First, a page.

Friday, April 8, 2011

Basic Japanese Sounds

LetterPronunciationEnglish Word
with the Sound
aaaaobasan (o-ba-san; aunt)
aa-obaasan (o-ba-san; grandmother)
eeebedSeto (se-to; a city in Japan)
eehh-seto (seh-to; pupil)
iifeetojisan (o-ji-san;uncle)
iiii-ojisan (o-ji-i-san; grandfather
0odometori (to-ri; bird)
0oo-tori (to-o-ri; street)
uufootyuki (yu-ki; snow)
uuu-yuiki (yu-i-ki; courage)

In Japanese, any two vowels can appear next to each other in a word. You may hear them as one vowel sound, but to the Japanese, they sound like two vowels. For example, ai (ah-ee; love) sounds like one vowel - the English i (as in eye) - but to the Japanese, it's actually two vowels, not one. The word koi (koh-ee; carp) sounds like the one-syllable English word coy, but in Japanese, koi is a two-syllable word.

Table below lists some other common vowel combinations. Some of them may sound awfully similar to you, but Japanese speakers hear them differently. Try saying them aloud so that you can hear the differences.

Vowel Combinations

Vowel CombinationPronunciationTranslation

The vowels i (ee) and u (oo) come out as a whisper whenever they fall between the consonant sounds ch, h, k, p, s, sh, t, and ts or whenever a word ends in this consonant-vowel combination. What do those consonants have in common? They're what linguists call "voiceless," meaning that they don't make your vocal cords vibrate. Put your hand over your vocal cords and say a voiceless consonant like the k sound. Then say a "voiced" consonant like the g sound.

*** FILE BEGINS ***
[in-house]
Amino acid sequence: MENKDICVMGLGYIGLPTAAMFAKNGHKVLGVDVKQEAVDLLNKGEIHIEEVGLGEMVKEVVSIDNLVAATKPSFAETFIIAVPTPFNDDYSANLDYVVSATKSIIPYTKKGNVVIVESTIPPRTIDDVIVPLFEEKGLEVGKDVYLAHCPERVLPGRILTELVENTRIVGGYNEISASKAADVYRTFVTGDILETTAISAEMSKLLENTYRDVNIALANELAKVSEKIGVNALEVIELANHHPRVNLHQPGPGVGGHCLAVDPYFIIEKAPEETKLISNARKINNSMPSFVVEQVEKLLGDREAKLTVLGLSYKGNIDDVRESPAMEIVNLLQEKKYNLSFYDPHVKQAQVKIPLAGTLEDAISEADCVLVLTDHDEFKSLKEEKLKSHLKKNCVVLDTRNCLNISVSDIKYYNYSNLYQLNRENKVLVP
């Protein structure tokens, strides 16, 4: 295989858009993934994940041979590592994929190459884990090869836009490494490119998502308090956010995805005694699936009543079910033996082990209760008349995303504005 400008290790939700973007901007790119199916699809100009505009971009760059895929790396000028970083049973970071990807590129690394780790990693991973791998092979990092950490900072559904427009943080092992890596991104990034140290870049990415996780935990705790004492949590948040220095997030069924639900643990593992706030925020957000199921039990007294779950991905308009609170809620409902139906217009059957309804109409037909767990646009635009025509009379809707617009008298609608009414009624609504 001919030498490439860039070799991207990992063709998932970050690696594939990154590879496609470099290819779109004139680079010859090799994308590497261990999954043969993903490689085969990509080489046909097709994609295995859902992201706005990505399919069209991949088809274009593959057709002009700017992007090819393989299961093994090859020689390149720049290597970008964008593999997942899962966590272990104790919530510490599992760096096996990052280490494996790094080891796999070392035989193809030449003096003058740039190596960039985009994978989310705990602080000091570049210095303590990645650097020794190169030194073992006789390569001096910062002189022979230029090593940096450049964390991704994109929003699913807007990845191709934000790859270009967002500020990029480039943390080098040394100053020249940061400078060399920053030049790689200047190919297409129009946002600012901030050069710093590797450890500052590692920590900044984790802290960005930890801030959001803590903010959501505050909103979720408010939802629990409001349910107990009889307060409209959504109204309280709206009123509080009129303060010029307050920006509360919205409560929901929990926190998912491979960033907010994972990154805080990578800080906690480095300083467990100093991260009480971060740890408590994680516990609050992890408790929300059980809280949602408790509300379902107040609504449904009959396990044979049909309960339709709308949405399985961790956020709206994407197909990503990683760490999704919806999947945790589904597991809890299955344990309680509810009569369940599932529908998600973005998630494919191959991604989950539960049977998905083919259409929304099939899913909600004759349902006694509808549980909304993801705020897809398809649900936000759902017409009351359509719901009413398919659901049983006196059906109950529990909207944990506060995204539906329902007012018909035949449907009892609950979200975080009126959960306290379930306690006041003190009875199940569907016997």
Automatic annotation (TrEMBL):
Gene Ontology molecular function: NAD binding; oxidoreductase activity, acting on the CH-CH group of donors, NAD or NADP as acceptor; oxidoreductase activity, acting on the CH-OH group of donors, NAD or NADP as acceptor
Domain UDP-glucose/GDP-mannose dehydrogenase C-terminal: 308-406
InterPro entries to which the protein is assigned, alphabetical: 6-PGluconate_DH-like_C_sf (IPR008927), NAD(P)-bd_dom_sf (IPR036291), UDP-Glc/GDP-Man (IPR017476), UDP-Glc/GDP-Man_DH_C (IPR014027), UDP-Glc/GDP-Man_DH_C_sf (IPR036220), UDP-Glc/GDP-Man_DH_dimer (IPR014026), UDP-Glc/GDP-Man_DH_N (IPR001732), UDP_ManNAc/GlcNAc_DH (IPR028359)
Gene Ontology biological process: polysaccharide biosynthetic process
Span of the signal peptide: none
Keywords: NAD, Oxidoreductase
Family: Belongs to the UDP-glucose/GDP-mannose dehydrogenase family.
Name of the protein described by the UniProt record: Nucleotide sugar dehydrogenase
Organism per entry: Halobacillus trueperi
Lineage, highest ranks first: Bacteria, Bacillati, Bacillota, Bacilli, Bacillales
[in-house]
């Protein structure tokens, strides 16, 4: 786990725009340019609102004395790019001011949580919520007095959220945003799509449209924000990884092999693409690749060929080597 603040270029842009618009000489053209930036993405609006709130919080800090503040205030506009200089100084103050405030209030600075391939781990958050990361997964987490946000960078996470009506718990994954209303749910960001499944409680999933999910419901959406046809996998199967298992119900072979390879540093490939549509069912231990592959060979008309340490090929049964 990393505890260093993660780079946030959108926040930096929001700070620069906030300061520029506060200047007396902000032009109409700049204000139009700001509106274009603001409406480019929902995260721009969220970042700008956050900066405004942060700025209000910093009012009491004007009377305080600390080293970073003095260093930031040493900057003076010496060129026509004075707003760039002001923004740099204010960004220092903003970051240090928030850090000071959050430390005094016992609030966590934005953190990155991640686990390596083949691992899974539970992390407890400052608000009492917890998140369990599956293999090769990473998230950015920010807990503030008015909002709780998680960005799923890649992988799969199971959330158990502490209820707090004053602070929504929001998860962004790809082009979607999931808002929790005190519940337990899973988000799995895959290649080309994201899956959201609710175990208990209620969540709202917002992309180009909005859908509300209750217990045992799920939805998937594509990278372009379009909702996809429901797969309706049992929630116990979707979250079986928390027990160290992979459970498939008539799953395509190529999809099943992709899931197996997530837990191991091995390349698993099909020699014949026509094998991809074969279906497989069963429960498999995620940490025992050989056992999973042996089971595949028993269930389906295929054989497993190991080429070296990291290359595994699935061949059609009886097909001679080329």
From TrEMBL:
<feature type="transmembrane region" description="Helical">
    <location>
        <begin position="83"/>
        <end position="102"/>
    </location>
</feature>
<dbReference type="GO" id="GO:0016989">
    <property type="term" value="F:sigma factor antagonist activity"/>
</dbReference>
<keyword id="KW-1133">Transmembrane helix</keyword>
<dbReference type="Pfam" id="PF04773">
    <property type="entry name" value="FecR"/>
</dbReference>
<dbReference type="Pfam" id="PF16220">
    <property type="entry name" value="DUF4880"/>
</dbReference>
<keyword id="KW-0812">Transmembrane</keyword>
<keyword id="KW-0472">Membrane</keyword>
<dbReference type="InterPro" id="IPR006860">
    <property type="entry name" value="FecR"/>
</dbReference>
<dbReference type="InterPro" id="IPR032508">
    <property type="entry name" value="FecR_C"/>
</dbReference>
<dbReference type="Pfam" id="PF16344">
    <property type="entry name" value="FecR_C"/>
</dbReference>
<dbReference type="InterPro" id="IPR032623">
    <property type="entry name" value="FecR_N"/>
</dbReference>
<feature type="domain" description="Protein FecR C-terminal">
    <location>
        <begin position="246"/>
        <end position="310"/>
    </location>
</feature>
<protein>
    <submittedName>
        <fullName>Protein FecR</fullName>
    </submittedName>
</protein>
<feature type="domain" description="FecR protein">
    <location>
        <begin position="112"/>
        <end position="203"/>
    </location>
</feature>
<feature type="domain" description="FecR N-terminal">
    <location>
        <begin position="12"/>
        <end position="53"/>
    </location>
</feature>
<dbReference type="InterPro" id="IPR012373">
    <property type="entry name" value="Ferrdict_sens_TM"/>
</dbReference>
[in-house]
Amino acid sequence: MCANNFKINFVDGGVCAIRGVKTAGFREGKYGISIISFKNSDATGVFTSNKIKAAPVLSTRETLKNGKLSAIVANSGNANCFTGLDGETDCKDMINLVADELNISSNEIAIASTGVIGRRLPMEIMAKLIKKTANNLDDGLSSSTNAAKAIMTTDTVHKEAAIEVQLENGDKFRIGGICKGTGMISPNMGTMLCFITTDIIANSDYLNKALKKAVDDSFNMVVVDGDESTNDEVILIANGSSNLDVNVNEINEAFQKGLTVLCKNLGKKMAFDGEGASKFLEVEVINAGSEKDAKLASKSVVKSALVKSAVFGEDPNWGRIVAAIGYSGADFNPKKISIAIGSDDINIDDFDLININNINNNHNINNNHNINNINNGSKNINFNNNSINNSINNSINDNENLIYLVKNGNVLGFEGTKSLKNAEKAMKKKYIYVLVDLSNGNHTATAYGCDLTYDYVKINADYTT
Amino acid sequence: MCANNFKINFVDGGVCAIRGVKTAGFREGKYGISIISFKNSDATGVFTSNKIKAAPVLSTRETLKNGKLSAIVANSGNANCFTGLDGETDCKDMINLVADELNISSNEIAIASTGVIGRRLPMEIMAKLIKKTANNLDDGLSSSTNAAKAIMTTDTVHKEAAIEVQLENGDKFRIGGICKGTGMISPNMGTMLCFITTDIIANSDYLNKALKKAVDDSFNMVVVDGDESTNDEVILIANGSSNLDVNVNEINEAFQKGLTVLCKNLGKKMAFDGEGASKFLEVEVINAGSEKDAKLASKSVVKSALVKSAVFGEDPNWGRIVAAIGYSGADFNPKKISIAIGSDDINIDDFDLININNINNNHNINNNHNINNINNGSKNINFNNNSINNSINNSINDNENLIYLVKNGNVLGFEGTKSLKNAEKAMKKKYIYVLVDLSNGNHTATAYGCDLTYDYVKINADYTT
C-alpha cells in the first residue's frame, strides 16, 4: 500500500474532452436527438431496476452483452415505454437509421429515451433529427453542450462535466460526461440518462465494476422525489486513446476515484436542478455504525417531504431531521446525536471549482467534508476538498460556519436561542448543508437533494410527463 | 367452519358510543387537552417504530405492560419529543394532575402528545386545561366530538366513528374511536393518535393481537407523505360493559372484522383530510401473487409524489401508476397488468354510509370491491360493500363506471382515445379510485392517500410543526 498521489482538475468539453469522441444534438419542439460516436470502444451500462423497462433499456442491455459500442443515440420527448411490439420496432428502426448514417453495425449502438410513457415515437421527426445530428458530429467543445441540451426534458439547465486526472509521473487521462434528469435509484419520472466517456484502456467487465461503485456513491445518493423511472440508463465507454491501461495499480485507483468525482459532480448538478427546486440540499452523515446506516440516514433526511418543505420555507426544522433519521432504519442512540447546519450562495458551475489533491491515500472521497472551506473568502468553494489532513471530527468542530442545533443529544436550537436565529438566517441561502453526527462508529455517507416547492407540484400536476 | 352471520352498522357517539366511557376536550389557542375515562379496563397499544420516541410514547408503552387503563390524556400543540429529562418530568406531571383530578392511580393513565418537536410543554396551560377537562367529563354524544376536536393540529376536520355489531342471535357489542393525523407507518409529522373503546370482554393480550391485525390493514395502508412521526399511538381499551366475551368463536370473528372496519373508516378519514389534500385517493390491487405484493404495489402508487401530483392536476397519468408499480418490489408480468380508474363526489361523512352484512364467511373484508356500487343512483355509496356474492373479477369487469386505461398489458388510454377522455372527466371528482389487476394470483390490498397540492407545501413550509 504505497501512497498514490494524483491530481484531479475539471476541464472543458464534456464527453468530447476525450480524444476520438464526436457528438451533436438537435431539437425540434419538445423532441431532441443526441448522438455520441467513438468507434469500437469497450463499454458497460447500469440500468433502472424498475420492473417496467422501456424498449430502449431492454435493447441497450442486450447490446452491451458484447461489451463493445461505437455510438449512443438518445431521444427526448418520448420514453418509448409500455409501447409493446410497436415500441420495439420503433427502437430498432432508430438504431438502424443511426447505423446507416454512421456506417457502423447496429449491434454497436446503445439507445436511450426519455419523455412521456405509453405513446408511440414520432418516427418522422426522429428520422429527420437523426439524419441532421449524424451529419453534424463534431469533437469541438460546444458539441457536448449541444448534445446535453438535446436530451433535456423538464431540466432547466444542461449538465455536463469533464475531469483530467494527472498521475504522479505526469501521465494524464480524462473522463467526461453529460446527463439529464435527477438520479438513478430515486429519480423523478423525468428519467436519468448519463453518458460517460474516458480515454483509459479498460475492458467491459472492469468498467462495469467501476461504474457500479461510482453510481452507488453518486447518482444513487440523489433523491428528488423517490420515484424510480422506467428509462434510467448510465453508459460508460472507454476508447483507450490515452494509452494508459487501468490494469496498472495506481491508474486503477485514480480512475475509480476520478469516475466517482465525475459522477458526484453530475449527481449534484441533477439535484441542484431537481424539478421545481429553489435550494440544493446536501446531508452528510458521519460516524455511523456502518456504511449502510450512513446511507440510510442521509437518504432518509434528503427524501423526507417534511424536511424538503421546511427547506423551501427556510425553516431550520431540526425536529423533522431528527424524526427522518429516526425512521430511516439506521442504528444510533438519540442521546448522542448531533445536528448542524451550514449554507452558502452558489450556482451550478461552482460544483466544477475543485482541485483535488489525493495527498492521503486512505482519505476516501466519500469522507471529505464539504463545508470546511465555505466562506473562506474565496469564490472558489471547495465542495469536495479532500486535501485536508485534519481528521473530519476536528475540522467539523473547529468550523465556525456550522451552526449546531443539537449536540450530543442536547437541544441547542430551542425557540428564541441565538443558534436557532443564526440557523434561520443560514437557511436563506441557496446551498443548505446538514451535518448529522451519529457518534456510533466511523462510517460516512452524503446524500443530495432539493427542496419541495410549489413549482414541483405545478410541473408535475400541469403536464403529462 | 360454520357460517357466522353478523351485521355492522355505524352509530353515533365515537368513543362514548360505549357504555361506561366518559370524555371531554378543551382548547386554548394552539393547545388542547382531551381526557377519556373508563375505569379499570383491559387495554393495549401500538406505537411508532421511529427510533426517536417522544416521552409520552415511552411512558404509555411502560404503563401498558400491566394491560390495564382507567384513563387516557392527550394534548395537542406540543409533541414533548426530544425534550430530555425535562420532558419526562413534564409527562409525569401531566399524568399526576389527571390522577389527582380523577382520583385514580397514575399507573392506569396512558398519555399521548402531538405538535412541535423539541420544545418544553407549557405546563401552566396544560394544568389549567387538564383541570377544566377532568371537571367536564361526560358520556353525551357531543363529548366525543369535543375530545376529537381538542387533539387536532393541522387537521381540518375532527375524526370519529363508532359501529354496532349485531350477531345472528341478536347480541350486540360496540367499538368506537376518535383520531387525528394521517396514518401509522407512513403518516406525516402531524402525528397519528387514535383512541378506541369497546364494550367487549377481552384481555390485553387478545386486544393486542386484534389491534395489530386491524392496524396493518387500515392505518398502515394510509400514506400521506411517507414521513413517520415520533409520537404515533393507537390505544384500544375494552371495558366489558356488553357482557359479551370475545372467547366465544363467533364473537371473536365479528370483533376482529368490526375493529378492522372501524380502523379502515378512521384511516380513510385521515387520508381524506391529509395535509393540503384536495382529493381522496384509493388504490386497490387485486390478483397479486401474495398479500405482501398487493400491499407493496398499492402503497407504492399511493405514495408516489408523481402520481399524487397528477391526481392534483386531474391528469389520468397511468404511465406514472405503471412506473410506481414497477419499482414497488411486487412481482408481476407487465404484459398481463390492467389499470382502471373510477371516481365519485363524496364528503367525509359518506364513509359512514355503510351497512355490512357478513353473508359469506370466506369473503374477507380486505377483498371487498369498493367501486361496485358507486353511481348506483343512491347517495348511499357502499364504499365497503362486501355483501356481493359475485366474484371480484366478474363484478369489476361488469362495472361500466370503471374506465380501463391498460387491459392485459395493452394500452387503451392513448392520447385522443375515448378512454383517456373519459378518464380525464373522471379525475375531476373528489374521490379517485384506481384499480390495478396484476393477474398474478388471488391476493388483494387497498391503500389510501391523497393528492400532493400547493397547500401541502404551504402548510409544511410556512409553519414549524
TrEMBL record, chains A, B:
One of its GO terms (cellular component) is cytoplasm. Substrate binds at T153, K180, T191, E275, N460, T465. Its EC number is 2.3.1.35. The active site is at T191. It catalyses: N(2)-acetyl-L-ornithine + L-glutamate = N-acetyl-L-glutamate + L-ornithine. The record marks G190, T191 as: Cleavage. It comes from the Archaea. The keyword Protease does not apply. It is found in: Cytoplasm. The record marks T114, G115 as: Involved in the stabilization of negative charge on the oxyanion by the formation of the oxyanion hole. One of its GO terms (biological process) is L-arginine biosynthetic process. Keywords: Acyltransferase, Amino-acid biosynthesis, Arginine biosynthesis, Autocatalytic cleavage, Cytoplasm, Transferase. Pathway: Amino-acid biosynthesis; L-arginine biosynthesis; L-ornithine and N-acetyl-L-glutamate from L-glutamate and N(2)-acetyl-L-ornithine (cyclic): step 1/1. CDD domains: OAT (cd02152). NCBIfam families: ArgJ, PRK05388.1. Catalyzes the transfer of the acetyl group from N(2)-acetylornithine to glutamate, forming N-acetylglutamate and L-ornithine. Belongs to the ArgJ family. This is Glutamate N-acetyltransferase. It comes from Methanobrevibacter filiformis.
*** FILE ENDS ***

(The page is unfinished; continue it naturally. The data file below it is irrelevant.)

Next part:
Words with Whispered Vowels

So desuso-du-suthat's right

Words without Whispered Vowels

SugoiSu-go-iamazing; wow

Consonant sounds

Fortunately, most Japanese consonants are pronounced as they are in English. Table below describes the sounds that you need to pay attention to.

Japanese Consonants Different from English

ConsonantDescription of the SoundExamples
rHere you tap your tounge on the roof of your mouth just once - almost like an English f-somewhere between an f and an h sound.rakuda (ra-ku-da; camel); toca (toh-rah; tiger); tori (toh-ree; bird)
fA much softer sound than the English f-somewhere between an f and an h sound. Make the sound by bringing your lips close to each other and gently blowing air through them.Fujisan (foo-jee-sahn; Mt. Fuji); tofu (tohh-foo; bean curd); fufu (fu-fu; married couple)
tsThe combination is hard to pronounce at the beginning of a word, as in tsunami, although it's easy anywhere else. Try saying the word cats in your head and then saying tsunami.tsunami (tsoo-nah-mee; tidal wave); tsuki (tsu-ki; the moon)
ryThe combination of rand yis difficult to pronounce when it occurs before the vowel o. Try saying ri (ree) and then yo (yoh). Repeat many times and gradually increase the speed until you can pronounce the two sounds simultaneously. Remember that the rsounds almost like a dm English.ryo (ryohh; dormitory); ryokan (ryo-kan; Japanese-style inn)

Like most other languages, Japanese has double consonants. You pronounce these double consonants - pp, tt, kk, and ss - as single consonants preceded by a brief pause. Check out the following examples:

  • kekkon (kehk-kohn; marriage)
  • kippu (keep-poo; tickets)
  • kitte (keet-teh; stamps)
  • massugu (mahs-soo-goo; straight)


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